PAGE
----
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“The only thing necessary for these diseases to the triumph is for good people and governments to do nothing.”





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"[I]t is clear that the key to an enlightened and compassionate response [to Acquired Immuno Deficiency Syndrome (AIDS)] is education and the planning and development of HIV [AIDS virus] programs and policies well in advance of the occurrence of the first case of HIV infection. The Commission believes that every employer, school system, and community should start that education and planning process now."

"[T]here are few matters of a more personal nature, and there are few decisions over which a person could have a greater desire to exercise control, than the manner in which he reveals . . . [an HIV-related] diagnosis to others. An individual's decision to tell family members as well as the general community that he is suffering from an incurable disease, particularly one such as AIDS, is clearly an emotional and sensitive one fraught with serious implications for that individual. Certain family members may abandon the AIDS victim while others may be emotionally unprepared to handle such news. Within the confines of the prison the infected prisoner is likely to suffer from harassment and psychological pressures. Beyond the prison's walls the person suffering from AIDS is often subject to discrimination"

"Ignorance and prejudice concerning [AIDS is] . . . widespread; the decision of whether, or how, or when to risk familial and communal opprobrium and even ostracism is one of fundamental importance. Within the jurisprudence concerning the right to privacy, and in recognition of the particularly personal nature of the information potentially subject to disclosure under the state's program, the court determines that the prisoners subject to this program must be afforded at least some protection against the non-consensual disclosure of their diagnosis." AIDS Workplace Law and Policy


Document Name


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ACCESS TO JUSTICE: OPENING THE COURTHOUSE In order for “equal justice for all” to be more than a hollow promise, people require access to the courts that is meaningful, with representation by qualified counsel, the opportunity to physically enter the court and to understand and to participate in the proceedings, and the assurance that their claims will be heard by a fair and capable decision-maker and decided pursuant to the rule of law. In this white paper, we describe how these features of meaningful access to the courts are increasingly absent. We conclude by offering a series of proposals to bridge the gap between the lofty promise of equal justice and the often disappointing reality of justice on the ground.  Pdf 348 kb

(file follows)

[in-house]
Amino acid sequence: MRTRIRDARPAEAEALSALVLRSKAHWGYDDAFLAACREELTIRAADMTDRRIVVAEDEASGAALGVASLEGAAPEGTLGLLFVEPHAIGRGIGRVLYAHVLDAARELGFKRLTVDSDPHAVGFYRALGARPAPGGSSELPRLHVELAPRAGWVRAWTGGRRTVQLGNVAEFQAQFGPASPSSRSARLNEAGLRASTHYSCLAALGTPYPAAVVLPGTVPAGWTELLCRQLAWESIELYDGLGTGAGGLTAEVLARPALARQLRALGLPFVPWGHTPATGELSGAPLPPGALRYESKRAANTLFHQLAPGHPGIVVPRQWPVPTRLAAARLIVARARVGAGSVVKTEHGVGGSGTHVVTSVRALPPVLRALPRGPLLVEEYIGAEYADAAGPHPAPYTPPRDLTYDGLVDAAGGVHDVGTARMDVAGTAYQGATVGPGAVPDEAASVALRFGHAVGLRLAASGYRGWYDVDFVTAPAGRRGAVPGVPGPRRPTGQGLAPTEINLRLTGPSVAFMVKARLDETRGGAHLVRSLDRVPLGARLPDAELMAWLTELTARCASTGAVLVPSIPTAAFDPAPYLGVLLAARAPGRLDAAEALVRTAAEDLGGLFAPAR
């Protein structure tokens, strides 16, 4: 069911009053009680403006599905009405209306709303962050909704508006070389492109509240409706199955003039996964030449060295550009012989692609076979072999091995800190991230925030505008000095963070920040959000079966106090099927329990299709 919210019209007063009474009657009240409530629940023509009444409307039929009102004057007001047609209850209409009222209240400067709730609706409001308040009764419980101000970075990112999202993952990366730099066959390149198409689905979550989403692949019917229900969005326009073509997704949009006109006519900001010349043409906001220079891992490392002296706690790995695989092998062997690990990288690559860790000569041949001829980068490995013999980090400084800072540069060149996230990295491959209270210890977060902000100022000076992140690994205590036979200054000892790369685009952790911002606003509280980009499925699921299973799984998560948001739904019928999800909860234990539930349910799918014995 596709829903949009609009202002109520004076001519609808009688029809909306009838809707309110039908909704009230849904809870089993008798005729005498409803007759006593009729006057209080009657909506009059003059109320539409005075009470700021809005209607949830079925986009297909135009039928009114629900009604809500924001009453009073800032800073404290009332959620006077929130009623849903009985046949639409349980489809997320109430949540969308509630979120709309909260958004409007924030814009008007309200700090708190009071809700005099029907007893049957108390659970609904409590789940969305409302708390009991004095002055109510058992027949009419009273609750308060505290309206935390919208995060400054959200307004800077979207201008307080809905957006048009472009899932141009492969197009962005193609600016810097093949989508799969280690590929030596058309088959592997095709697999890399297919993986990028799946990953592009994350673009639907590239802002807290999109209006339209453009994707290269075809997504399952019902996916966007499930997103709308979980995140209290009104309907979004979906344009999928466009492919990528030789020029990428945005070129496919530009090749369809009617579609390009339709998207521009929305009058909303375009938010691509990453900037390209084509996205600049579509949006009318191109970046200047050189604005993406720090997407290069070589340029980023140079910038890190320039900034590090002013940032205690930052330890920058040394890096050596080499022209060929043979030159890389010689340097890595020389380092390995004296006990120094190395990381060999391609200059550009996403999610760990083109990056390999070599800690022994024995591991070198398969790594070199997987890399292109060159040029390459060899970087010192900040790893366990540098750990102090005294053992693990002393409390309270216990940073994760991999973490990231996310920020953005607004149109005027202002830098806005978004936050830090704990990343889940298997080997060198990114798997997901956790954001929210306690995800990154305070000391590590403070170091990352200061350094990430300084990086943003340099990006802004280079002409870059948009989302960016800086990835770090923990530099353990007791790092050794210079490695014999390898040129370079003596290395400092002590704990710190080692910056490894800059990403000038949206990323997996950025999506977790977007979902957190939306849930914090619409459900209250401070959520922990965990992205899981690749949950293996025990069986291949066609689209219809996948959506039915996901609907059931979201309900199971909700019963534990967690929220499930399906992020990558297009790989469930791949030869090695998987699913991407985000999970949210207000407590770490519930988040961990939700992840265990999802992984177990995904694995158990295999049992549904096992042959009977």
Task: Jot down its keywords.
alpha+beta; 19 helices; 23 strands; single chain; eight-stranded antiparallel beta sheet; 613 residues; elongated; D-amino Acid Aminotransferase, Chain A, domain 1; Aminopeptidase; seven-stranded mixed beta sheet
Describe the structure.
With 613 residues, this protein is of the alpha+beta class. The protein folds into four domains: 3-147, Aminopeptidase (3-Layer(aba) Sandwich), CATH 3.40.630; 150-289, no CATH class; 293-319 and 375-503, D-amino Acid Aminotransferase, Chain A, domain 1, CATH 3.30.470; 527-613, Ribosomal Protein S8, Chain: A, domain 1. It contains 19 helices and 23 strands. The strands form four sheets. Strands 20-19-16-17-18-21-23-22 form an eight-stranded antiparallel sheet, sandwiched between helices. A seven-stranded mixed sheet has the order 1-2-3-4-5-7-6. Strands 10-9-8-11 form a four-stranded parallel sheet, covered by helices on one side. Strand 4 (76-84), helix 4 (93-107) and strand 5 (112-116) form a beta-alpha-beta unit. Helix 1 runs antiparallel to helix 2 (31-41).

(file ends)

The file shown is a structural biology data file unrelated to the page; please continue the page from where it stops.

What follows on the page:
Aids Activists Condemn Police Action

South Africa's Treatment Action Campaign (TAC) on Monday condemned the government's response to peaceful protestors demanding a national HIV/AIDS treatment plan.


AIDS Employment Discrimination: Impact of Chadbourne v. Raytheon As soon as the company knew that it had an employee with AIDS who wanted to return to work, it directed its occupational nurse… Despite the assurance from Chadbourne's doctor, the local public health department, the CDC and its own doctor, Raytheon would not reinstate Chadbourne or attempt to accommodate his physical handicap.  

AIDS Workplace Law and Policy: A Systematic Analysis

"[I]t is clear that the key to an enlightened and compassionate response [to Acquired Immuno Deficiency Syndrome (AIDS)] is education and the planning and development of HIV [AIDS virus] programs and policies well in advance of the occurrence of the first case of HIV infection. The Commission believes that every employer, school system, and community should start that education and planning process now


Anger on ruling not to prosecute-Ireland Criticizes the decision by Ireland's Director of Public Prosecutions not to take legal action against the doctors and other former medical staff named as being negligent in the Hepatitis-C virus (Hepatitis C Virus) Infected Blood Products problem.